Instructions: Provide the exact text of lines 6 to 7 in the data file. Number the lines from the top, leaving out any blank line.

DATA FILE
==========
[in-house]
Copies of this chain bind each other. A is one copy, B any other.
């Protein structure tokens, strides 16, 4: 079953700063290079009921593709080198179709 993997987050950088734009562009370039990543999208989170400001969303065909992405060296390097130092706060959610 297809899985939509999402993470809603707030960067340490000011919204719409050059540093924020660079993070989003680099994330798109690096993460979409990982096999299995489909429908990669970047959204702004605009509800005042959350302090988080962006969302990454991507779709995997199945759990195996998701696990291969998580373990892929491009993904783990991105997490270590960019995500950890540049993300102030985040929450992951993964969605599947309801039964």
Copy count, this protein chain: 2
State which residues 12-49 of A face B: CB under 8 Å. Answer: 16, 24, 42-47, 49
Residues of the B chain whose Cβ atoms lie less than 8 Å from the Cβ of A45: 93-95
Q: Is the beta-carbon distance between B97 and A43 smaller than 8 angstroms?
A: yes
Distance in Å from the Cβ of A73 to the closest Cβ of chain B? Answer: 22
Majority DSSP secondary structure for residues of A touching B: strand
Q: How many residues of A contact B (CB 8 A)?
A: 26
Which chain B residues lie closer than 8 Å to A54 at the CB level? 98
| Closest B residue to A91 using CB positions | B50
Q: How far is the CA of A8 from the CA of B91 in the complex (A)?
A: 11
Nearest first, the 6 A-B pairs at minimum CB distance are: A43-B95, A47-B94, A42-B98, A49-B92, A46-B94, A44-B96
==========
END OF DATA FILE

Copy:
Residues of the B chain whose Cβ atoms lie less than 8 Å from the Cβ of A45: 93-95
Q: Is the beta-carbon distance between B97 and A43 smaller than 8 angstroms?